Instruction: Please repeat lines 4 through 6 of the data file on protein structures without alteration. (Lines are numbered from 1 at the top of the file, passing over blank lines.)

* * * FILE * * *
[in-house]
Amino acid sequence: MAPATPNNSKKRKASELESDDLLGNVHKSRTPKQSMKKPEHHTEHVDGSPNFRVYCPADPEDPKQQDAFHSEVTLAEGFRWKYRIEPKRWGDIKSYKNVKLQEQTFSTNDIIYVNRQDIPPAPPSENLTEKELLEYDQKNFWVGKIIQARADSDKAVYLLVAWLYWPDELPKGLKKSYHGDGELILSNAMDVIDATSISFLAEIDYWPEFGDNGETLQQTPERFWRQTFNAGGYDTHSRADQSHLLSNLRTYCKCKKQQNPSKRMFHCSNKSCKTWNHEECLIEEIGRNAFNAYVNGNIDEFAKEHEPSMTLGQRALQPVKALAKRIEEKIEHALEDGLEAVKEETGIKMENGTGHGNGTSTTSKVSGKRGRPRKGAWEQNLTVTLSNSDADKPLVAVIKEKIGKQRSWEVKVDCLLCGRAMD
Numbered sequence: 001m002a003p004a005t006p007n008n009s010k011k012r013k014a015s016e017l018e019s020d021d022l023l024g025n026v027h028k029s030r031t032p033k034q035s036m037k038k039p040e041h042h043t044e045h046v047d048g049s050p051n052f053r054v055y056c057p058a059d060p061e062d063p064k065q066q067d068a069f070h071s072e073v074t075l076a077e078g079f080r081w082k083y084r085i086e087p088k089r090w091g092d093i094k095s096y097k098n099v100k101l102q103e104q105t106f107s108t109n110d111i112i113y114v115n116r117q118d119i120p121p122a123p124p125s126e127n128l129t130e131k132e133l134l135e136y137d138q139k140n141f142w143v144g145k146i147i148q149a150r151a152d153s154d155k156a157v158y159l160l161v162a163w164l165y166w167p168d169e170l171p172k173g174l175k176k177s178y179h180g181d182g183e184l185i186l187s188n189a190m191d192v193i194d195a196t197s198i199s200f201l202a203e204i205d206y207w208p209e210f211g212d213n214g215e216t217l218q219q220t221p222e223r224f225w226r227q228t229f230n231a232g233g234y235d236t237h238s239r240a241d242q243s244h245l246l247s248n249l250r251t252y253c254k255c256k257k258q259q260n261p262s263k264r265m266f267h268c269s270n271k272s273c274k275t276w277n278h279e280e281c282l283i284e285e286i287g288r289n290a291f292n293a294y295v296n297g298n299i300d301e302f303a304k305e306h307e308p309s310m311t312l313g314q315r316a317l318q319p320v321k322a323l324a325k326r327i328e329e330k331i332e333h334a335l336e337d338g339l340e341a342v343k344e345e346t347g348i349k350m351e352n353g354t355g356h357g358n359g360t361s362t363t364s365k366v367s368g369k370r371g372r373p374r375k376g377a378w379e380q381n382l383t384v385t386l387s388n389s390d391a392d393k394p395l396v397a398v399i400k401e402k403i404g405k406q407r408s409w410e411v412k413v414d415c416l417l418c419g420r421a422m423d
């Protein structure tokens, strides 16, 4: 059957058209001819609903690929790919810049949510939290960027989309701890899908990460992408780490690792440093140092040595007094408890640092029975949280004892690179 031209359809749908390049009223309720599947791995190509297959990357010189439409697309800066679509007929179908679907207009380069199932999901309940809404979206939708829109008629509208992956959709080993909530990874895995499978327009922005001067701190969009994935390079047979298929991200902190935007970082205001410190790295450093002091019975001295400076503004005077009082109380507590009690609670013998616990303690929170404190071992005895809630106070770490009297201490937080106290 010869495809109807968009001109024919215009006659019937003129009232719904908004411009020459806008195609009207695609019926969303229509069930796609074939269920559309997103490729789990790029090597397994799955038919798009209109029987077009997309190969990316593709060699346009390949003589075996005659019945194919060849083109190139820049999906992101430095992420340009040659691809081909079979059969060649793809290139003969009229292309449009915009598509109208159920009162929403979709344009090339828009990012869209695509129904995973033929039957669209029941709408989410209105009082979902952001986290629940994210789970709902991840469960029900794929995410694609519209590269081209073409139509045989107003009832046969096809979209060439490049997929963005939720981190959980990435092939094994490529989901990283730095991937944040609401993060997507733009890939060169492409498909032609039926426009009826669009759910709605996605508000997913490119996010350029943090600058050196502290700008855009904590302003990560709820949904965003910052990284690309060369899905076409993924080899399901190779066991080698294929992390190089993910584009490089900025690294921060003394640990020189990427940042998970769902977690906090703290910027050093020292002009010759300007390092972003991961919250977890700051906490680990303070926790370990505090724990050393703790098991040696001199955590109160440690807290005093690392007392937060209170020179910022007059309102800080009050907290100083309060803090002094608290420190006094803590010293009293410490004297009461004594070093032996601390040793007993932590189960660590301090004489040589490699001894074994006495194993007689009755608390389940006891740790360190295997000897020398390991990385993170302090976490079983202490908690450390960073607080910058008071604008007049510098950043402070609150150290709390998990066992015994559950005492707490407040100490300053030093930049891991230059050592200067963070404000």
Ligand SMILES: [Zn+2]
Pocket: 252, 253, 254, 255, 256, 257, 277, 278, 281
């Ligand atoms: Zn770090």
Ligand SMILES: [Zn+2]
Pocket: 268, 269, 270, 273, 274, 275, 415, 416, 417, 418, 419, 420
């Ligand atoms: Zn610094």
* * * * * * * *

């Protein structure tokens, strides 16, 4: 059957058209001819609903690929790919810049949510939290960027989309701890899908990460992408780490690792440093140092040595007094408890640092029975949280004892690179 031209359809749908390049009223309720599947791995190509297959990357010189439409697309800066679509007929179908679907207009380069199932999901309940809404979206939708829109008629509208992956959709080993909530990874895995499978327009922005001067701190969009994935390079047979298929991200902190935007970082205001410190790295450093002091019975001295400076503004005077009082109380507590009690609670013998616990303690929170404190071992005895809630106070770490009297201490937080106290 010869495809109807968009001109024919215009006659019937003129009232719904908004411009020459806008195609009207695609019926969303229509069930796609074939269920559309997103490729789990790029090597397994799955038919798009209109029987077009997309190969990316593709060699346009390949003589075996005659019945194919060849083109190139820049999906992101430095992420340009040659691809081909079979059969060649793809290139003969009229292309449009915009598509109208159920009162929403979709344009090339828009990012869209695509129904995973033929039957669209029941709408989410209105009082979902952001986290629940994210789970709902991840469960029900794929995410694609519209590269081209073409139509045989107003009832046969096809979209060439490049997929963005939720981190959980990435092939094994490529989901990283730095991937944040609401993060997507733009890939060169492409498909032609039926426009009826669009759910709605996605508000997913490119996010350029943090600058050196502290700008855009904590302003990560709820949904965003910052990284690309060369899905076409993924080899399901190779066991080698294929992390190089993910584009490089900025690294921060003394640990020189990427940042998970769902977690906090703290910027050093020292002009010759300007390092972003991961919250977890700051906490680990303070926790370990505090724990050393703790098991040696001199955590109160440690807290005093690392007392937060209170020179910022007059309102800080009050907290100083309060803090002094608290420190006094803590010293009293410490004297009461004594070093032996601390040793007993932590189960660590301090004489040589490699001894074994006495194993007689009755608390389940006891740790360190295997000897020398390991990385993170302090976490079983202490908690450390960073607080910058008071604008007049510098950043402070609150150290709390998990066992015994559950005492707490407040100490300053030093930049891991230059050592200067963070404000």
Ligand SMILES: [Zn+2]
Pocket: 252, 253, 254, 255, 256, 257, 277, 278, 281